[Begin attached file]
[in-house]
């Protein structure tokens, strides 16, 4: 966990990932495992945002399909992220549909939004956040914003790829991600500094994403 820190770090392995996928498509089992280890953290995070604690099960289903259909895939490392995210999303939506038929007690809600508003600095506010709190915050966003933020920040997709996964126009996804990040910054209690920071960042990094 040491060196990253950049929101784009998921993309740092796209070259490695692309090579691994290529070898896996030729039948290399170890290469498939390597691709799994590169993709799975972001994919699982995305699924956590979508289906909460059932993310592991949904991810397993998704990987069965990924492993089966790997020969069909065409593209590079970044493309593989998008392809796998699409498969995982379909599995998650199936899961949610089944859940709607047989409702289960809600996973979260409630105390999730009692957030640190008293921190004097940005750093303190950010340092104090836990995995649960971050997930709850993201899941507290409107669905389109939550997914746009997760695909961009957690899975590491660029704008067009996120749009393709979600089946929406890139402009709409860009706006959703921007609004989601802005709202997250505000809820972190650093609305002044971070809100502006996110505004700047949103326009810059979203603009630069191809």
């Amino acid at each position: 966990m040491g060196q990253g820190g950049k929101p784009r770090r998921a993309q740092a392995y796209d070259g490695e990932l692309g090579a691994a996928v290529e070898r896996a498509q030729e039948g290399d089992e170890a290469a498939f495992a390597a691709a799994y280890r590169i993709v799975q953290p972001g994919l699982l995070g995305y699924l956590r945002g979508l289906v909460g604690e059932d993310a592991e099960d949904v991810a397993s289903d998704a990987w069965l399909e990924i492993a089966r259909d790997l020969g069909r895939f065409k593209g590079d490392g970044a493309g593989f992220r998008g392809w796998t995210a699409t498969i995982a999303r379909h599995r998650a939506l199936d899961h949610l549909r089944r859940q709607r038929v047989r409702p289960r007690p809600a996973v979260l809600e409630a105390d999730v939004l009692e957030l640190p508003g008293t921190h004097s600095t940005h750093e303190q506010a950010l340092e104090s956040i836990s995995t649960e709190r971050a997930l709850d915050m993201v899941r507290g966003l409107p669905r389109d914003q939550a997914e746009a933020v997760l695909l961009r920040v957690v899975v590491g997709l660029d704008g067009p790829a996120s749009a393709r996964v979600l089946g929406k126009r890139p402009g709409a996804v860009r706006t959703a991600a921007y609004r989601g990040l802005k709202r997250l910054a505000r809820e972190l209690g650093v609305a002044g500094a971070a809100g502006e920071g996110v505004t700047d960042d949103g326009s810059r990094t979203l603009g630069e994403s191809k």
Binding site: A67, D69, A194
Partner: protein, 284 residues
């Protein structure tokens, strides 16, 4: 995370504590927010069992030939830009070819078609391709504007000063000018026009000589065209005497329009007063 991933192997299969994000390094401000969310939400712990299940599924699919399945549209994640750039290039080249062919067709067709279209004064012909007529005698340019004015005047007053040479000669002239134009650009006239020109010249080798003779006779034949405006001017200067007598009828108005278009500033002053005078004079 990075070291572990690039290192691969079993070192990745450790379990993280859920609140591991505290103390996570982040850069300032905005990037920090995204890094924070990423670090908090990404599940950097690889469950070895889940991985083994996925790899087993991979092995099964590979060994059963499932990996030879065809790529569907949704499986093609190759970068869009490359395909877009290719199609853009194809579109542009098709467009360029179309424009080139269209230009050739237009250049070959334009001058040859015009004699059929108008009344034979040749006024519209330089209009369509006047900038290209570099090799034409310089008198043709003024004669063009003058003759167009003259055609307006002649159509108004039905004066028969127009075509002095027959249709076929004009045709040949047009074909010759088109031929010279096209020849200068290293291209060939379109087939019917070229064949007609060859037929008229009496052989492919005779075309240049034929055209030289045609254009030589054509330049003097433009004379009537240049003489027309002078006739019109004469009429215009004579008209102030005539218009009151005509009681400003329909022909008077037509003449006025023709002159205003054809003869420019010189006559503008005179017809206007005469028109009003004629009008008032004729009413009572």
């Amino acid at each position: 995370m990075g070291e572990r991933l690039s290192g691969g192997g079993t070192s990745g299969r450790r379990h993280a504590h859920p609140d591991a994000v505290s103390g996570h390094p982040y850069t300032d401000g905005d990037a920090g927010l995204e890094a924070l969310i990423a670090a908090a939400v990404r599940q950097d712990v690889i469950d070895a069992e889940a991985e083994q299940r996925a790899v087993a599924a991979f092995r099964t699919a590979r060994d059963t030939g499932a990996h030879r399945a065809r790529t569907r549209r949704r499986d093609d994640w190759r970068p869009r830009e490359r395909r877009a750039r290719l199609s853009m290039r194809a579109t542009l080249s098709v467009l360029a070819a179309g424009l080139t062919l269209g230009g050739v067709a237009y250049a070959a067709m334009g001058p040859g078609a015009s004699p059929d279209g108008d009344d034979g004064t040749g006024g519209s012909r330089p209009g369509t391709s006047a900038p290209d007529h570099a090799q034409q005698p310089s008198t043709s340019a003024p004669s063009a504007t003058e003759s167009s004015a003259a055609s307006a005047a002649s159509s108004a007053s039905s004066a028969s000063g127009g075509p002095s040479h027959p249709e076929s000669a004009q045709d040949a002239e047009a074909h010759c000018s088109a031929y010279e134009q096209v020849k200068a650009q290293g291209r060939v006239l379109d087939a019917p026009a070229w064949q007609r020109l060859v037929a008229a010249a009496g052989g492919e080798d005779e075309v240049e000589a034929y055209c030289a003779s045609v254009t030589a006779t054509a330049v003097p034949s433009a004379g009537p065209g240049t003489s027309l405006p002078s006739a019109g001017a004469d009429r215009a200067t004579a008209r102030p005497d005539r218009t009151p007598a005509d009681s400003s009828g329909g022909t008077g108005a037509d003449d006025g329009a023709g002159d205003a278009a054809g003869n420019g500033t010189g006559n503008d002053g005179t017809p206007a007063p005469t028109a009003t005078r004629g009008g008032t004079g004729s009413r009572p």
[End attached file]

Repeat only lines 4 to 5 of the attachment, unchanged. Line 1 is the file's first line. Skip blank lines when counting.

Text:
Binding site: A67, D69, A194
Partner: protein, 284 residues